As a result, Janquitto’s business is most
remarkable for the immense number of parts that line the walls. He says he
has over 3,500 items in his inventory, including early- and late-model
dipsticks, voltage regulators and seat cushions, either filled with foam
rubber, as was used early in the war, or animal hair, as was used later
when rubber became scarce. The parts that he cannot buy, he and his crew
of 8 to 10 workers make or sub-contract out.
"We want to be the L.L. Bean of jeep parts."
Janquitto started down this road as a child,
watching television shows such as "Combat" and movies such as
The war fascinated him, as did things mechanical.
So when he attended the General Motors Institute in Flint, Mich., for five
years, he also started looking for an old jeep to work with.
Eventually he found a 1948 civilian version and
spent so much time working on it he almost flunked a couple of classes. He
eventually sold that car to a dean and starting looking for a military
jeep actually made during World War II.
World War II jeeps were built by three
manufacturers – Ford, Willys and American Bantam. The three fought over
who had the rights to the design, and the courts eventually decided the
design was created by all three in response to government specifications,
Janquitto said. However, Willys trademarked the name and produced Jeeps
for Civilian use. Willys has since been bought out, and now the Chrysler
Corp. owns the Jeep trademark.
Janquitto’s search ended in 1973 in a New
Brunswick field, where he found a 1942 Willys Overland MB rusting away. He
bought it for $200.
Over the next two or three years, he scrounged
around for parts, and those he could not buy he made himself. When he
finished restoring it, he took it to car shows, where it stood out among
the usual droves of Duesenbergs and Model T Fords.
At the time he was working as an engineer for
General Motors Corp., but his reputation as a master of jeeps was growing
in the classic car world. He even got a security clearance to study jeep
photography in the National Archives.
Using his skills as a mechanical engineer,
Janquitto started making some parts that he could not buy. In the 1970’s
the hobby started to turn into a business when Janquitto and his wife,
Barbara, made canvas roofs for jeeps in their apartment for fellow jeep
In 1977, Janquitto left GM. He and his wife bought
a house in a commercially zoned section of Beachwood and started making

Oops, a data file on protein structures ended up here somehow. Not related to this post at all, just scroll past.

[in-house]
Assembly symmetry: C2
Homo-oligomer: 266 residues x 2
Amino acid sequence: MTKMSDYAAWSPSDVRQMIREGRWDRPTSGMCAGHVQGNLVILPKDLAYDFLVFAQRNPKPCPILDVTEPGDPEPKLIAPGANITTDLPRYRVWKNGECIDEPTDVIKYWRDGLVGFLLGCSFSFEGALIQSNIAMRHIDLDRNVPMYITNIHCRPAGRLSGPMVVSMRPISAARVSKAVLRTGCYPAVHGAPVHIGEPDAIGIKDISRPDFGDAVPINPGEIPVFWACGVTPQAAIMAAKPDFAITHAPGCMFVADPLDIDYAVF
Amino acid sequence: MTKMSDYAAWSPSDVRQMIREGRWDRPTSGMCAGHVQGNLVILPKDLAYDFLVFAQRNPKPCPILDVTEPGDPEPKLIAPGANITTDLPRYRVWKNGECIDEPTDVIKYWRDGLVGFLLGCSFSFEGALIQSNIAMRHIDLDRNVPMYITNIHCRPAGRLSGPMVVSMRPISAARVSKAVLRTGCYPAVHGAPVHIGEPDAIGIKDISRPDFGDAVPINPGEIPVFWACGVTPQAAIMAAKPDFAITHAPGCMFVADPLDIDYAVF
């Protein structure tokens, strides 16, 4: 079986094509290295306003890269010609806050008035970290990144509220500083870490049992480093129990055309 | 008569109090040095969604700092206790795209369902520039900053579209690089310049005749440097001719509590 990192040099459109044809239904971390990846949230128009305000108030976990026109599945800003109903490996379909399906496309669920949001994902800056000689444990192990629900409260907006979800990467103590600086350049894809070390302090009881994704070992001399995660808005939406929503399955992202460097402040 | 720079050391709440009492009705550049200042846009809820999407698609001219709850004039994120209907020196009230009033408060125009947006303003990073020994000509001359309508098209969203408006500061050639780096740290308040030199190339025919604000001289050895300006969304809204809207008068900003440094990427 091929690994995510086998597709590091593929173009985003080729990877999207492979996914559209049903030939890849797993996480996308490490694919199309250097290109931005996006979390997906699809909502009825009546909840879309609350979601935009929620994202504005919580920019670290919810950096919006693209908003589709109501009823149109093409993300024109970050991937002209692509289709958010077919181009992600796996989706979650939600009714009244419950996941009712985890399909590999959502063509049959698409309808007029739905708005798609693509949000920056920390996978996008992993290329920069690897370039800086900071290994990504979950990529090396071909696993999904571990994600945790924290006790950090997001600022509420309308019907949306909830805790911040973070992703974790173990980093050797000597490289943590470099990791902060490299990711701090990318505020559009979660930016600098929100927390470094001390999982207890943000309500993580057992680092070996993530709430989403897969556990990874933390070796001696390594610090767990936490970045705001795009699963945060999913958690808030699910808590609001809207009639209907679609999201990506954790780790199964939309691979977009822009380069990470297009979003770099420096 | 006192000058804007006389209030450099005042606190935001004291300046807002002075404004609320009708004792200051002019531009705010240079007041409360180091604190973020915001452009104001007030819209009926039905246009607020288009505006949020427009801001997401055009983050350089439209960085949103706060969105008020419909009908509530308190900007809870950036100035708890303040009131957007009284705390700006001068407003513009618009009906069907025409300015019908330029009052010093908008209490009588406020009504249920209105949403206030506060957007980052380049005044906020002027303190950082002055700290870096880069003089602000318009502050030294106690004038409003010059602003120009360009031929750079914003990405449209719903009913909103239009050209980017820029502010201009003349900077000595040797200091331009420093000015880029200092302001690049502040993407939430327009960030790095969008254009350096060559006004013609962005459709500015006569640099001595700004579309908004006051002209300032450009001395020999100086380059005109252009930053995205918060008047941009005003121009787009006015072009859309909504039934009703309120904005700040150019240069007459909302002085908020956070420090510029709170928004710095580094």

canvas there full time.
Initially, they used most of the canvas they made
for boats sails, but some went for jeep roofs. His wife did most of the
work for some years, while Janquitto worked at a second job for a defunct
solar energy business in Wall Township. When that business shutdown in
1984, Janquitto starting spending all his time at the family
Gradually the jeep side of the business took over
and the Janquittos switched its focus to supplying jeep parts, both for
military and civilian versions built from 1941 through 1971. In 1987, they
moved to the present Island Heights location, keeping the Beachwood name,
which then had become well known in collecting
And those collectors can be fussy. For
example, Ford owners often insist on bolts with a small "F" imprinted on
them, as all Ford jeeps had.
But since jeep parts were
designed to be interchangeable, regardless of the manufacturer, many jeeps
have become hodgepodges of parts over the years, making identification
difficult. Some customers insist on getting certain parts, even though
Janquitto knows those parts are not historically
Janquitto has expanded his
knowledge and inventory of military devices over the years. A Stuart tank
sits inside the garage, and a DUKW, a large amphibious car knows as a
"duck," squats in the driveway outside. He even owns a pigeon cage used by
the Army Signal Corps when its winged messengers were not in
But it is the jeep that clutches
Janquitto’s heart. About a dozen full-size jeeps, in various states of
repair, line reinforced shelves and are eventually restored or used for
"A jeep is form follows
function," Janquitto said. "There’s real appeal to that. "On our recent
convoy across America, I had breakdowns every day, but it was never
anything a little chewing gum or wire couldn’t fix," Janquitto continued.
"They’re ugly, but they’re beautifully ugly".
The convoy Janquitto referred to
was part of the other great passion in Janquitto’s life –
Finding-a-cure for the
rare form of Muscular Dystrophy that afflicts his 8-year son,
Janquitto and several other
collectors zip-zagged across the nation, raising awareness and money for
the fight against Duchenne, a disease which causes muscle cells in boys
exclusively to disintegrate. About on in ever 3,500 boys gets the disease,
which often kills them before they are out of him
Janquitto’s convoy raised about
$125,000 in cash, destined to go to a research center at the University of
Pittsburgh that is studying the disease.
His son’s disease also has given
Janquitto a better perspective on life, he said. His business is
profitable, but not by much. He realizes he could make more money
elsewhere, but he can survive well enough off the current shop and gets
satisfaction from keeping history alive.
"This is better than working at
GM for eight years designing one bolt," Janquitto said. "Here I get the
raw materials in the front door, and I know I’m going to have to make a
product to sell out the back door."